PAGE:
In equitable distribution states like Tennessee, property will typically not be divided evenly between you and your spouse in the divorce. Instead, the court will consider several factors and determine the best way to divide your property fairly and equitably.
Many married couples consider their home to be their most valuable asset. If you are getting a divorce, it may be hard for you and your spouse to agree on what to do with the house. In such cases, the courts may step in and make the decision for you.
The court will first determine whether your house qualifies as marital property. If your house was purchased or acquired during the marriage, it will likely be considered marital property.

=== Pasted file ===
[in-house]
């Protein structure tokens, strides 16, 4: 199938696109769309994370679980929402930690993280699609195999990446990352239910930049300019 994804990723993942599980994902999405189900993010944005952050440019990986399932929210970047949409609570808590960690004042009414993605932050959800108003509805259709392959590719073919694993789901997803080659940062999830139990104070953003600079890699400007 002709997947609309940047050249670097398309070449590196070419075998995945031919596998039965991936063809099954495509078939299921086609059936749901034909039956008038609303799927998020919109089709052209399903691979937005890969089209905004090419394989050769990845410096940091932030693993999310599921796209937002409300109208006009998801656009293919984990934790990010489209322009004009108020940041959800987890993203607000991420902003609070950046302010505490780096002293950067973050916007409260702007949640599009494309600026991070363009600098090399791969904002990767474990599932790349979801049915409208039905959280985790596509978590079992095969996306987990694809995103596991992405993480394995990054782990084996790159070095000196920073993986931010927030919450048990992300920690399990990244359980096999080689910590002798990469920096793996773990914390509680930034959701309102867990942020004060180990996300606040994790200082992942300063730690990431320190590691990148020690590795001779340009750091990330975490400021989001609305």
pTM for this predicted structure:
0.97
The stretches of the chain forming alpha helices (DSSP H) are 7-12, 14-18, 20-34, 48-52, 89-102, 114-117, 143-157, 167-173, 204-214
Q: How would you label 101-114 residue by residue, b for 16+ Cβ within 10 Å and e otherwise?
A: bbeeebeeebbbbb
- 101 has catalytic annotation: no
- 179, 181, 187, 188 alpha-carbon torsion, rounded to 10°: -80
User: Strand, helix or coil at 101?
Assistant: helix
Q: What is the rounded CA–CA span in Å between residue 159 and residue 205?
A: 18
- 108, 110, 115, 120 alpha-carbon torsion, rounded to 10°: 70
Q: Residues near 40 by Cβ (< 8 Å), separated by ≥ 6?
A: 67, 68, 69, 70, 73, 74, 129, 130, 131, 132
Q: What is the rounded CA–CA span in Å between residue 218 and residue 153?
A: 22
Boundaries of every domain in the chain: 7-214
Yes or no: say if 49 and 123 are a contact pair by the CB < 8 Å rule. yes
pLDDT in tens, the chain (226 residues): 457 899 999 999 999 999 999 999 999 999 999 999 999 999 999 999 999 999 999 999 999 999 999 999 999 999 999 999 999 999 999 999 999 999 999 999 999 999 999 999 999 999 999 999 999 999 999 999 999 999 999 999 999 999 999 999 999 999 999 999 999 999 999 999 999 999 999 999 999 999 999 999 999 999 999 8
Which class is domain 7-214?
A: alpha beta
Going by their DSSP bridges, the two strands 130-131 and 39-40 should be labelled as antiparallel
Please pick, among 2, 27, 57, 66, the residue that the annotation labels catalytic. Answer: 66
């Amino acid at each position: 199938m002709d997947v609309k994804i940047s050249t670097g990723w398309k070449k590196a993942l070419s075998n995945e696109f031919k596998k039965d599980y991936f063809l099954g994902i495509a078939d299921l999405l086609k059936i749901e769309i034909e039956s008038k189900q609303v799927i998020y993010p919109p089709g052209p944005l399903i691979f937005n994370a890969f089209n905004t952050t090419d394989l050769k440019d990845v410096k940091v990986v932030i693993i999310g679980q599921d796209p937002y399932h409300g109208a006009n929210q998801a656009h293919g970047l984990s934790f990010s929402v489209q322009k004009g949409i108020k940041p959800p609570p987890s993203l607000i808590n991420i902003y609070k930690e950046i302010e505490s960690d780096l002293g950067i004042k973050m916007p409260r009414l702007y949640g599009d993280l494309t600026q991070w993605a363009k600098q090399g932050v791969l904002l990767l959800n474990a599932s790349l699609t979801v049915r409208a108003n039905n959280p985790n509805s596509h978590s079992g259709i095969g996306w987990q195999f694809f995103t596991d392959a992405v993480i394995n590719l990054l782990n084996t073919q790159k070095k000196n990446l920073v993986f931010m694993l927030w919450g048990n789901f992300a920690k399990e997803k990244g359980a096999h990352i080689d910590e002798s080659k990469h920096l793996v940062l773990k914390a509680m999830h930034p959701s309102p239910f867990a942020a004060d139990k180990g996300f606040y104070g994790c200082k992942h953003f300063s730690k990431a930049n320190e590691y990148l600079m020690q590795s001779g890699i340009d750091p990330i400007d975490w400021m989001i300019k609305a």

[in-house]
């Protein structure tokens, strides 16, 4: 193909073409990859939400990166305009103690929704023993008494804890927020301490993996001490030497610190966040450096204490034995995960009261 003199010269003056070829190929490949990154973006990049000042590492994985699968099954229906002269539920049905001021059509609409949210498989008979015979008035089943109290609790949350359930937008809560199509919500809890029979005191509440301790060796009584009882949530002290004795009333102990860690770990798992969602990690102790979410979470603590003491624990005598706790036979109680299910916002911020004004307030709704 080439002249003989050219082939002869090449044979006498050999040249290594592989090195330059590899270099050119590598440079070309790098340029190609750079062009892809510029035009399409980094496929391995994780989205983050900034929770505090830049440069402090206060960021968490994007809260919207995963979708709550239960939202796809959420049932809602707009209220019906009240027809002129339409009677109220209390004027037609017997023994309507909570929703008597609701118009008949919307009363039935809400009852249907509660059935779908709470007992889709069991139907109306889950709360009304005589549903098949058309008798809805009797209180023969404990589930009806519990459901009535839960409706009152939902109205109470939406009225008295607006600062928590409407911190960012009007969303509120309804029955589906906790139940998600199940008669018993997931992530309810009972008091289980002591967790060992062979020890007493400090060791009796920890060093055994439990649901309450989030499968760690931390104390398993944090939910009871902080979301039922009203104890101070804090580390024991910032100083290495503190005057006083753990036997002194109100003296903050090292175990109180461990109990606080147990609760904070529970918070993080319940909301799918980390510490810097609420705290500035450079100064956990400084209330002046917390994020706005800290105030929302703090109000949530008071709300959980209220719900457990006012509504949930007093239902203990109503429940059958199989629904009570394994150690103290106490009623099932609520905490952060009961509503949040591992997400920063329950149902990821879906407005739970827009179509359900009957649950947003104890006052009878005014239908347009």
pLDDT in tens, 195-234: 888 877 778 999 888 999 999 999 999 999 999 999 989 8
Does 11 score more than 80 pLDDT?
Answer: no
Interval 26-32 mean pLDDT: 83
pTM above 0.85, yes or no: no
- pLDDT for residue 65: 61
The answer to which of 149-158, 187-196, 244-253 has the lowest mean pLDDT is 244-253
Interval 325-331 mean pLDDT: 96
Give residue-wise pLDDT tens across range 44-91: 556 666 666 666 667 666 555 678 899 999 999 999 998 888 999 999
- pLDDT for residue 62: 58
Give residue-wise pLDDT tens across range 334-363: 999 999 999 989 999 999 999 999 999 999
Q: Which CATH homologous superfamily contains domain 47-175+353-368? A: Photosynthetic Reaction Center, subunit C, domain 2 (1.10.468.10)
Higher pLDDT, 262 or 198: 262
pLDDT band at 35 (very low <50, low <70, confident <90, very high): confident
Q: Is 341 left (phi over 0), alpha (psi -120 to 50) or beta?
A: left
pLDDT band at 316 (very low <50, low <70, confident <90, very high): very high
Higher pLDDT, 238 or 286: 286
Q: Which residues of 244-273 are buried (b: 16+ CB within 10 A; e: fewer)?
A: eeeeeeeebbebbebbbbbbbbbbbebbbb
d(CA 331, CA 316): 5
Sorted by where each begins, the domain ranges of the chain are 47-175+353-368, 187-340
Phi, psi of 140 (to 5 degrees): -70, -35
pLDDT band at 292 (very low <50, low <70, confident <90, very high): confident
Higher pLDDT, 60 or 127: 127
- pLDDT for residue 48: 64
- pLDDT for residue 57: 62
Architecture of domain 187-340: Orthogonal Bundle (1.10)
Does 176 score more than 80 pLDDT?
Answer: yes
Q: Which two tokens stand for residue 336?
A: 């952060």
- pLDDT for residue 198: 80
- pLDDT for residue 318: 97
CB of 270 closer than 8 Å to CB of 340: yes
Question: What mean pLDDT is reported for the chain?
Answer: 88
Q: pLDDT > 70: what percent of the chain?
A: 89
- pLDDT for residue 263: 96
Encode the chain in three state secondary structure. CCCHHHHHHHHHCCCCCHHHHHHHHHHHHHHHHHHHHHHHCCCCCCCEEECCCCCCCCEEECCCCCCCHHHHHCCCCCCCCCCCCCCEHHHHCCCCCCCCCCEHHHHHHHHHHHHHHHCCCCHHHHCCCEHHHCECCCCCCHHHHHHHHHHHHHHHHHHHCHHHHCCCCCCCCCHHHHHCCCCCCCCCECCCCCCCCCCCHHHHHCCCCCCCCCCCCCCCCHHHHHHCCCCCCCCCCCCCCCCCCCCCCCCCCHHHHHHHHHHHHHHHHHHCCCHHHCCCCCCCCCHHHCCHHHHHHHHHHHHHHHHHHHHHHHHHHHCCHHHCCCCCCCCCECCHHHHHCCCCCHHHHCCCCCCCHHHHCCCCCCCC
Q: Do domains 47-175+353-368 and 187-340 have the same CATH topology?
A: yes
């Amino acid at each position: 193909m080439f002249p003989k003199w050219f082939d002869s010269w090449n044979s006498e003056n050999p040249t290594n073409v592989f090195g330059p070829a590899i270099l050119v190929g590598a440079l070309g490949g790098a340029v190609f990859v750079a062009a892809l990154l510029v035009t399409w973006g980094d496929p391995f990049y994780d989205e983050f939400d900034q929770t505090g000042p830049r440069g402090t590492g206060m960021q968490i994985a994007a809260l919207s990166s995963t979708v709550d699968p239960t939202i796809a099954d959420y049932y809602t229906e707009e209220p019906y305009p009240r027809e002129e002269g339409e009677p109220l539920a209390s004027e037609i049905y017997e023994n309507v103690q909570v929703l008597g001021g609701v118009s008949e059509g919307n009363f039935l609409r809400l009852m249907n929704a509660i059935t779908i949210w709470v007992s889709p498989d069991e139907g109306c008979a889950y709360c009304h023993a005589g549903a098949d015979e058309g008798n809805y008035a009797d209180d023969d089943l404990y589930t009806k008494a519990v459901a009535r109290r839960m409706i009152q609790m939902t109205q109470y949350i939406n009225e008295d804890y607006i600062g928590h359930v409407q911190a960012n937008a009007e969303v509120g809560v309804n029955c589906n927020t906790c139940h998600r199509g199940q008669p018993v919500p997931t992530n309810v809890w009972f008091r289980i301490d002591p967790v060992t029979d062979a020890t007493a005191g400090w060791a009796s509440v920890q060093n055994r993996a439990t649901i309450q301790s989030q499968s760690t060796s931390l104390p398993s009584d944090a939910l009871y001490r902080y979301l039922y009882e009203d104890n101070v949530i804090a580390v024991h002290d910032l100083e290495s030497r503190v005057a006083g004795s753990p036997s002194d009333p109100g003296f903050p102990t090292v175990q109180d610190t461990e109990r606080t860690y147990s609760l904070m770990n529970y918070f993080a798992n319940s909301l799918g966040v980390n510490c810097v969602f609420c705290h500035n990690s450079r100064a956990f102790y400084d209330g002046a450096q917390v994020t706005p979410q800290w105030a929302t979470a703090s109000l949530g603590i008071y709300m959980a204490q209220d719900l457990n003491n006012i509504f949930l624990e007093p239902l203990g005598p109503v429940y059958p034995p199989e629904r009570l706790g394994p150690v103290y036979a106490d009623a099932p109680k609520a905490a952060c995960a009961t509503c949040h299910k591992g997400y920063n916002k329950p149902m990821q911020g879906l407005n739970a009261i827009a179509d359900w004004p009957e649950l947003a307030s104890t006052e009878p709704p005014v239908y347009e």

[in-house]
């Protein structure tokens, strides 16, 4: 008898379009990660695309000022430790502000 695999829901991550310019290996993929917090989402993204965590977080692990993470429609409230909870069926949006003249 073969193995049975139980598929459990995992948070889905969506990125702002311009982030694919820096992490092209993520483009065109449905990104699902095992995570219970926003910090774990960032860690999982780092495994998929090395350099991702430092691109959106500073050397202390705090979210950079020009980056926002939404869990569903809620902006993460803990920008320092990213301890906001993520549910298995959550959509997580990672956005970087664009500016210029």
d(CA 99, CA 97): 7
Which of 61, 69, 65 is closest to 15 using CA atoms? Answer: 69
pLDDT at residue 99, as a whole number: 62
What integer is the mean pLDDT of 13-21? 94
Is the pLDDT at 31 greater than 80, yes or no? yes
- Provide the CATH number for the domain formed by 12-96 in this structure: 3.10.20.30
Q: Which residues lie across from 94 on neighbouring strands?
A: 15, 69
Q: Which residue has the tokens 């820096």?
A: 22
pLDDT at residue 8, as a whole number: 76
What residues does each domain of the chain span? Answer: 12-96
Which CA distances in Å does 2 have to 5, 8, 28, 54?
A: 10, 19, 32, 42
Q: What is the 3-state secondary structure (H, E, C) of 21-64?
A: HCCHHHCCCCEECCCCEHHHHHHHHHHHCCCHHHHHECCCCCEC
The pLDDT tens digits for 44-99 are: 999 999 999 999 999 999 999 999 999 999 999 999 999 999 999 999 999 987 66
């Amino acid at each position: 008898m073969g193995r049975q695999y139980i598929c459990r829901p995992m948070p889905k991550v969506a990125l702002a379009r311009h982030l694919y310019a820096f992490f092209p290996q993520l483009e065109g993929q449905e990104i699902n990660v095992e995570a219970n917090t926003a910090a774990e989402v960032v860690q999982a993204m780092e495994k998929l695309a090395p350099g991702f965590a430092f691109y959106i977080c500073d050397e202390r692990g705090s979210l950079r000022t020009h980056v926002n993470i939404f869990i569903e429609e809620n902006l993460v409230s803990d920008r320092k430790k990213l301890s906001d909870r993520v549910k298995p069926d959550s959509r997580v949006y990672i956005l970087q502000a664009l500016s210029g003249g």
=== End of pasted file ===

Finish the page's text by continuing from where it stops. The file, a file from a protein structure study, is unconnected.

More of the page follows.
However, even if the home was purchased prior to the marriage by one of the spouses, it is unlikely to be considered separate property if the non-purchasing spouse contributed to the marriage.
Contributions may include making mortgage payments, raising the couple’s children, or making improvements to the home.
If the house is considered marital property, there are a few options as to how to divide it between the spouses:
- Sell the house and divide the proceeds.
- One spouse buys the other out and keeps the house and refinances the home in their name only.
- One spouse keeps the house, but the other spouse will be given other funds and properties.
- Continue co-owning the home until you find a buyer or save enough money to buy your spouse out. Co-ownership may also be beneficial to couples with children who want to make sure the children’s living arrangements remain stable while they are in school.
Deciding who gets to keep the couple’s main residence is just one of many issues in a complex, high-asset divorce.
If you are considering keeping the house in your name only, make sure you can afford maintenance and upkeep and are willing to miss out on other properties and accounts.